Good morning all. I appreciate all of you folks. Well I promised an update so here it is. I got my truck back, everything switched back and headed home for my reset. The truck ran better than it had ever. I was a happy camper. After 80 miles the mil light came on again. Talk about going from hero to zero fast. I was 20 miles from home so I went on home. When I got home I called freightliner immediately. I explained the situation. He had me cut the battery power and wait till he told me to turn it back on. I did just as he instructed and the light went out. He told me that meant it was a soft code and if the truck was running right there was nothing they could do till it messed up further. Needless to say after paying them all this money that was not the answer I was looking for. I called company breakdown, they agreed with freightliner. Well damn. I said screw it and organized my gear and spent some wonderful time with my fiancee. Monday morning my dispatcher called and gave me a good load. I told her what happened. She asked what I was going to do. I told her I was going to work and I would keep a close eye on it and keep her informed. She was shocked at my answer but said ok. I made it to my pickup and the light was out. It was running ok and fuel mileage looked normal. I grabbed the load and got to work. After about 1/2 day the light came back on and the same generic code appeared. We kept moving. the next couple days the mil light came and went. Then on wed afternoon the check engine light started coming on and off. Still running ok, then it happened. I was unhooking a trailer and went to pull out and when I hit the throttle nothing happened. I lifted and pushed again and after about 15-20 seconds it responded. That was my last straw. I called my terminal manager and explained everything getting her up to speed. I told her something had to give cause I was already feeling out the market and had several offers on the table. I was polite and proffessional but very matter of fact. She typed up a email to the head lease guy who has been the omly pain in this process. She said they should after all this go under the lemon laws in ms and put me in a different truck. She said she was going to do what she could for me. She told me I have done everything right and made a impresdion on them and she didn't want to see me walk away. I thanked her for her kindness. She called me back within 5 minutes. I was summoned to Jackson Ms to corporate to get this resolved one way or the other. They put their best mechanic on it. He spent 4 hours yesterday on it and talked to me about exact responses of the truck with which lights were on. The boss made the statement if this guy cant fix it then it aint fixable. After 4 hours he told me he has no clue. He pulled 6-8 hard codes from it and was taking his twch manual home to study more last night. We meet shortly but he told me no longer than I have had this truck and the mileage on it he will recommend they take it back and put me in another cause this one has serious problems. He was impressed I was actually able to give him detail and said that is rare. I yold him I take care of my equipment, its just not taking care of me. So we'll see how today goes. more to follow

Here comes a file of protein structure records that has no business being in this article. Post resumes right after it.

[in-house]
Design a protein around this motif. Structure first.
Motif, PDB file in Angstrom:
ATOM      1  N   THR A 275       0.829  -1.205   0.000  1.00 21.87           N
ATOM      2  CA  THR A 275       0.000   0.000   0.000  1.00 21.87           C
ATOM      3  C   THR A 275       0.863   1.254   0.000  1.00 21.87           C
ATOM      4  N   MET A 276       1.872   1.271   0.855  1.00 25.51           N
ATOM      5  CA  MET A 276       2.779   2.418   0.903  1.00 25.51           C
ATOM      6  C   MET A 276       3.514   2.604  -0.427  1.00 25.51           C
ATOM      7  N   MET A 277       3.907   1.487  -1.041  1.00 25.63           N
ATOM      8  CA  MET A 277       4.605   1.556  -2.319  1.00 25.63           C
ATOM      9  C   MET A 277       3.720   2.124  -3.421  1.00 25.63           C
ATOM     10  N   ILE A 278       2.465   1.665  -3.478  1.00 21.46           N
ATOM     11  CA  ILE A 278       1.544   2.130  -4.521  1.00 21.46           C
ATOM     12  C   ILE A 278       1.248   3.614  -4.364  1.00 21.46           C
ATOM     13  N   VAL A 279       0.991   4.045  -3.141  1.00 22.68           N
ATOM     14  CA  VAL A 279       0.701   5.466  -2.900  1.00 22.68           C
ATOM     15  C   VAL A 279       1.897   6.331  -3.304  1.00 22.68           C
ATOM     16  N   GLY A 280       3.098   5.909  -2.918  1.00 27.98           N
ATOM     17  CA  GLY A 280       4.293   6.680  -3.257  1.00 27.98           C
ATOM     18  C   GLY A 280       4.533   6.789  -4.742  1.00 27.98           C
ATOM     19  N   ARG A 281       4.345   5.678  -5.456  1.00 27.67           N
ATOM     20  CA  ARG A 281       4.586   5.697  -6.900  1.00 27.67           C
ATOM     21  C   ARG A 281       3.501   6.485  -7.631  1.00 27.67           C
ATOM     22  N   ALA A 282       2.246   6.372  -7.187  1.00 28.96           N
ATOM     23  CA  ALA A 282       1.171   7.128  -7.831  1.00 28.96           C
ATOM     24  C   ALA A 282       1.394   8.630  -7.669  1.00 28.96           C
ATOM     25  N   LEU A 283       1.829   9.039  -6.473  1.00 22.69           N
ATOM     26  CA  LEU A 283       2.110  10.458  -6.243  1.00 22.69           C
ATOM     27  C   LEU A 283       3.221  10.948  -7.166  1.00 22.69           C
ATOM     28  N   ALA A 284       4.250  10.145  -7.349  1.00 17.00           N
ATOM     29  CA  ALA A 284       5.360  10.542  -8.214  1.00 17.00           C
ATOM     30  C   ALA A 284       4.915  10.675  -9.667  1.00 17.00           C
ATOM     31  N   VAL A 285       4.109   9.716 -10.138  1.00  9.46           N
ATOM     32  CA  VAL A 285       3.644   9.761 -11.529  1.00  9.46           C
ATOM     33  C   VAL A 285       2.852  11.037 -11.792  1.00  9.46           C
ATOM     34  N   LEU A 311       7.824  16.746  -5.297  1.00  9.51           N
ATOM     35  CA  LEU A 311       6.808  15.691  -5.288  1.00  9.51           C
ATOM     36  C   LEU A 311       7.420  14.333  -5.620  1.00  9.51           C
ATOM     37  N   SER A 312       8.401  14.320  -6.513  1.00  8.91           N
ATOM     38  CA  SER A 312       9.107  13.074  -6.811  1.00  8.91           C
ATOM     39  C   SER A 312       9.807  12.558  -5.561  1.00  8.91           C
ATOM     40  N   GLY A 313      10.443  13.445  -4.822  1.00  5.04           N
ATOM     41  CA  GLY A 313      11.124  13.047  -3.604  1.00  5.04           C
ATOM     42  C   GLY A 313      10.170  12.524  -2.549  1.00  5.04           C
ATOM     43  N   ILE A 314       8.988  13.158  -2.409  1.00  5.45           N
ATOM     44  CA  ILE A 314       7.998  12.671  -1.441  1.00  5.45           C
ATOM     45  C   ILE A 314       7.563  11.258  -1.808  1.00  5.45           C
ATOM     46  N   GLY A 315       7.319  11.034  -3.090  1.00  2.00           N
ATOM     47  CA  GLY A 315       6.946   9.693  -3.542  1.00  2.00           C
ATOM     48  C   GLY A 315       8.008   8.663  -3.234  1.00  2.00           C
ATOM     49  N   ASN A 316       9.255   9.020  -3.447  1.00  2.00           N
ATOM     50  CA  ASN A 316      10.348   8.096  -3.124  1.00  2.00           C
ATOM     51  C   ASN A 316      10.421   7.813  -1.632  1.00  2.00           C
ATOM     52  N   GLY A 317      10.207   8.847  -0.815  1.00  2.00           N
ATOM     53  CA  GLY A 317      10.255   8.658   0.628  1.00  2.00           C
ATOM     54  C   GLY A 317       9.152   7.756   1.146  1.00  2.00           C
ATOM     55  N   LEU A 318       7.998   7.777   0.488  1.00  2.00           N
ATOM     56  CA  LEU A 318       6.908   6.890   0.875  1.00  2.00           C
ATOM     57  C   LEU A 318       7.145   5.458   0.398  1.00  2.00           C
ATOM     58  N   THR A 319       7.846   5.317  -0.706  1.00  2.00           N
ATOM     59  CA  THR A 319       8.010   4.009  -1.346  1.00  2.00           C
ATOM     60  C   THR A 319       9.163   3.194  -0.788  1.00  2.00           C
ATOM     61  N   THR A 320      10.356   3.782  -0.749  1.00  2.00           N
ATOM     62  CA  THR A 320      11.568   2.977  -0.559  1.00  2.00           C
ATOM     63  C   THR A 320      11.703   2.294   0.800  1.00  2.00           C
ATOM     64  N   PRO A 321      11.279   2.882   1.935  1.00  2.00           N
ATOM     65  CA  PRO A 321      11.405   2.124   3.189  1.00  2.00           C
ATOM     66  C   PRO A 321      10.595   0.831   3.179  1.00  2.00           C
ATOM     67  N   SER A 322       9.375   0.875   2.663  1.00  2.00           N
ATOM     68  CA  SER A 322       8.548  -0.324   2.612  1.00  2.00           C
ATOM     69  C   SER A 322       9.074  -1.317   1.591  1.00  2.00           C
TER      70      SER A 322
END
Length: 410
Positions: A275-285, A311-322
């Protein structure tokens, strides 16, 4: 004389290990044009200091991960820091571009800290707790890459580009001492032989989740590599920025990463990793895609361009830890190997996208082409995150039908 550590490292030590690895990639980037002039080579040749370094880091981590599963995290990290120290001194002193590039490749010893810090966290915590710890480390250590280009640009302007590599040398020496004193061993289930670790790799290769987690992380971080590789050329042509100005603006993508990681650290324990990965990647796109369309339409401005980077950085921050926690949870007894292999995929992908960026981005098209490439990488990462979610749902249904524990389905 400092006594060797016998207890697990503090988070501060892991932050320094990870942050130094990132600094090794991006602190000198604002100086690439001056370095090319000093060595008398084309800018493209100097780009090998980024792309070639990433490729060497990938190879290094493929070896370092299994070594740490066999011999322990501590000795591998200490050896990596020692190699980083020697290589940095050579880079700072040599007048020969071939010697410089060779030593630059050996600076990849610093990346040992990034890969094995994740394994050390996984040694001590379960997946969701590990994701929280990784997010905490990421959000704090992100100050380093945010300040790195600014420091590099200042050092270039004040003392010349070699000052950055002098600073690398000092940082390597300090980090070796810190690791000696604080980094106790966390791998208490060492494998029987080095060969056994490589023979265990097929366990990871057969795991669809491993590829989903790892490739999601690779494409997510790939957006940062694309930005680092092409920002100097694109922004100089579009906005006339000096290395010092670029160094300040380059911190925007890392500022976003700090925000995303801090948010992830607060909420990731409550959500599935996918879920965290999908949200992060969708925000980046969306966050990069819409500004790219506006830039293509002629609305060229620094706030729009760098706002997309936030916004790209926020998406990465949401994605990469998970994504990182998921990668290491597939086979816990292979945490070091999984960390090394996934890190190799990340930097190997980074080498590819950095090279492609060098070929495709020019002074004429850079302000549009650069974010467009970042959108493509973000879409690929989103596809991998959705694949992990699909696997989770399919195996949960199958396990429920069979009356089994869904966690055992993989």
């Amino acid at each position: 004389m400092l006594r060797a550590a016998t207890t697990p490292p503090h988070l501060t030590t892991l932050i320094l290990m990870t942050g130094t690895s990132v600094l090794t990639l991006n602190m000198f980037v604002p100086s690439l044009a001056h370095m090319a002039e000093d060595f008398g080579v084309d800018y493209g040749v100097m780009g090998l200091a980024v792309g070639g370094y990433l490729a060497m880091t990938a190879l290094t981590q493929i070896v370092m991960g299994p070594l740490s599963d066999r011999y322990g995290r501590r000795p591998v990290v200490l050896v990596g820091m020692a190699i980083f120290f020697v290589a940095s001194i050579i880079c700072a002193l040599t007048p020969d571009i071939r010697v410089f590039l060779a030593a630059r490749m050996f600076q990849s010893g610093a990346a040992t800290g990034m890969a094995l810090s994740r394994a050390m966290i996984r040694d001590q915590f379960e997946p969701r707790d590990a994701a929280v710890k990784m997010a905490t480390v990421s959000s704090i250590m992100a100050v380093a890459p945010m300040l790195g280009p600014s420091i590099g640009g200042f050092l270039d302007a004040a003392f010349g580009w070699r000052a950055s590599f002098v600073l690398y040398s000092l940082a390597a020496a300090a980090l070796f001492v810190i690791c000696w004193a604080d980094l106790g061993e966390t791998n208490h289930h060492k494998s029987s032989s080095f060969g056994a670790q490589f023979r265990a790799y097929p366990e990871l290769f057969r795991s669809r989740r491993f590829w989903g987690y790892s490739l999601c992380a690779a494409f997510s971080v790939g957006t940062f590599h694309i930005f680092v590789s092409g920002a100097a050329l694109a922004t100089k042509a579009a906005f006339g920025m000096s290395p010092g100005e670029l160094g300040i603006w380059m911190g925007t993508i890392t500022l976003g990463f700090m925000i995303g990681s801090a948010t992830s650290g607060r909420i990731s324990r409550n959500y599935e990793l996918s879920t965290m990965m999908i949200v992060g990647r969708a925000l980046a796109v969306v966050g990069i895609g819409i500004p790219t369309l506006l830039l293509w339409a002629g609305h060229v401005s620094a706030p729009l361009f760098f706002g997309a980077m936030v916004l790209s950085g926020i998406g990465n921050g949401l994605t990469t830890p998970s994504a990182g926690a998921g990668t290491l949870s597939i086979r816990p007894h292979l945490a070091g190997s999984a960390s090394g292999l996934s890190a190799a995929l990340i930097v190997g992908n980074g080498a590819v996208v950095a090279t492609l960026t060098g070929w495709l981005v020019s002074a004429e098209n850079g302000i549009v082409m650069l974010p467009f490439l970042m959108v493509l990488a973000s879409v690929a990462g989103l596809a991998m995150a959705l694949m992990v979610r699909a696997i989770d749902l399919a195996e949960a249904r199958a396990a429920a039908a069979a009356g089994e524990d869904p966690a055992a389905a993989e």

Terminal: